30 Jul 2017, 20:58

maslow's hierarchy of needs

After self-actualization, a little known fact is that the next, tiniest part of the pyramid is the ability find your cell phone before you leave. The normal solution is to have someone call it for you- sound being a part of the hierarchy of senses- but if you’re alone, trying to leave, and you can’t find the thing, what then?

I bought this little board for almost nothing, got a trial account at Twilio, and hacked up a little program.

Calling Twilio was most of the work-

type TwilioPlay struct {
	Name xml.Name `xml:"Response"`

	Say  string `xml:",omitempty"`
	Play string `xml:",omitempty"`
}

type TwilioResponse struct {
	Sid         *string      `json:"sid"`
	DateCreated *string      `json:"date_created"`
	DateUpdated *string      `json:"date_updated"`
	DateSent    *interface{} `json:"date_sent"`
	AccountSid  *string      `json:"account_sid"`
	To          *string      `json:"to"`
	From        *string      `json:"from"`
	Body        *string      `json:"body"`
	Status      string       `json:"status"`
	Flags       *[]string    `json:"flags"`
	APIVersion  *string      `json:"api_version"`
	Price       *interface{} `json:"price"`
	URI         *string      `json:"uri"`
	// Optional exception params
	Message  *string `json:"message"`
	MoreInfo *string `json:"more_info"`
	Code     *int    `json:"code"`
}

func Call(toNumber, fromNumber, sid, token, twimlURL string) {
	u := url.URL{
		Scheme: "https",
		Host:   "api.twilio.com",
		Path:   path.Join("2010-04-01/Accounts/", sid, "/Calls.json"),
	}
	q := u.Query()
	q.Set("To", toNumber)
	q.Set("From", fromNumber)
	q.Set("Url", twimlURL)

	r, err := http.NewRequest("POST", u.String(), strings.NewReader(q.Encode()))
	if err != nil {
		panic(err)
	}
	r.SetBasicAuth(sid, token)
	r.Header.Add("Accept", "application/json")
	r.Header.Add("Content-Type", "application/x-www-form-urlencoded")

	resp, err := (&http.Client{}).Do(r)
	if err != nil {
		panic(err)
	}

	var tresp TwilioResponse
	body, err := ioutil.ReadAll(resp.Body)
	err = json.Unmarshal(body, &tresp)
	if resp.StatusCode >= 200 && resp.StatusCode < 300 {
		// fine
	} else {
		panic(fmt.Sprintf(*tresp.Message))
	}
}

Possibly not best practice, but my theory here is to just crash the program when things go wrong, and let systemd restart it. So there’s no real error handling anywhere, just unconditional panics.

To trigger the thing, I hooked up a button to the board’s GPIO pin 18. linux-sunxi.org has good documentation, but as someone without much experience with the conventions of little single board computers, it took me a while to figure out how to map their GPIO table to the pins on the board. The trick is there is a little ▶ character next to pin 1- count from there left to right, top to bottom.

The GPIO filesystem is very unixy, and made it really easy to test that the wiring was working. Hold the button down, cat /sys/class/gpio/gpio18/value. Let go of the button, cat /sys/class/gpio/gpio18/value. I spent some time wandering around looking for a Go library, and had some bad luck, so I went ahead and wrote my own. The documentation mentions that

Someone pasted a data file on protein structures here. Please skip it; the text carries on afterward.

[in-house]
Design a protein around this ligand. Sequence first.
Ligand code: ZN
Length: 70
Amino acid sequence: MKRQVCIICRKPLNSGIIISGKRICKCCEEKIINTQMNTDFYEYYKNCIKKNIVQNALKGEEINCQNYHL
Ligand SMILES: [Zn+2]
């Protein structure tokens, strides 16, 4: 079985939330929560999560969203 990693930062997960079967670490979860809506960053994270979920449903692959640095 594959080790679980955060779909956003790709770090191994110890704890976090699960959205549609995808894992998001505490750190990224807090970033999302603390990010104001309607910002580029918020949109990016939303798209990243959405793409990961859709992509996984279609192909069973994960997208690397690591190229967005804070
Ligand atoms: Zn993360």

If the pin can be configured as interrupt-generating interrupt
    and if it has been configured to generate interrupts (see the
    description of "edge"), you can poll(2) on that file and
    poll(2) will return whenever the interrupt was triggered. If
    you use poll(2), set the events POLLPRI and POLLERR. If you
    use select(2), set the file descriptor in exceptfds. After
    poll(2) returns, either lseek(2) to the beginning of the sysfs
    file and read the new value or close the file and re-open it
    to read the value.

So I went ahead and did that-

func poller(pin string, values chan []byte) {
	var fds []unix.PollFd = make([]unix.PollFd, 1)

	fd, err := os.Open(pin)
	fds[0] = unix.PollFd{Fd: int32(fd.Fd()), Events: unix.POLLPRI | unix.POLLERR}
	for {
		if err != nil {
			panic(err)
		} // everything is busted
		n, err := unix.Poll(fds, 10000)
		if err != nil {
			panic(err)
		} // everything is definitely busted
		if n == 1 {
			contents, err := ioutil.ReadAll(fd)
			if err != nil {
				panic(err)
			} else {
				values <- contents
			}
			_, err = fd.Seek(0, 0)
			if err != nil {
				panic(err)
			}
		}
	}
}

Throwing it all together-

func main() {
	var pin string = "/sys/class/gpio/gpio18/value"

	throttle := time.Tick(time.Second * 30)

	values := make(chan []byte)

	go poller(pin, values)

	for {
		edge := <-values
		// we're doing pulldown
		if bytes.Compare(edge, []byte{'0', '\n'}) == 0 {
			Call(call_number, from_number, os.Getenv("SID"), os.Getenv("TOKEN"), twimlURL)
			<-throttle
		}
	}
}

I needed the goroutine and channel for the initial implementation, but since I switched to poll(2), I guess I could just have one loop.

systemd, as always, makes the whole “I would like a supervised process” problem trivial-

[Unit]
Description=Monitor a GPIO port, and call a phone when it goes low

[Service]
Environment=SID='{{sid}}' TOKEN='{{token}}'
# Turn on the GPIO port
ExecStartPre=/bin/echo "18" > /sys/class/gpio/export
# Set high/low behavior
ExecStartPre=/bin/echo both > /sys/class/gpio/gpio18/edge
Exec=/usr/local/bin/findphone
Restart=always

[Install]
WantedBy=multi-user.target

Hopefully this is helpful to someone somehow.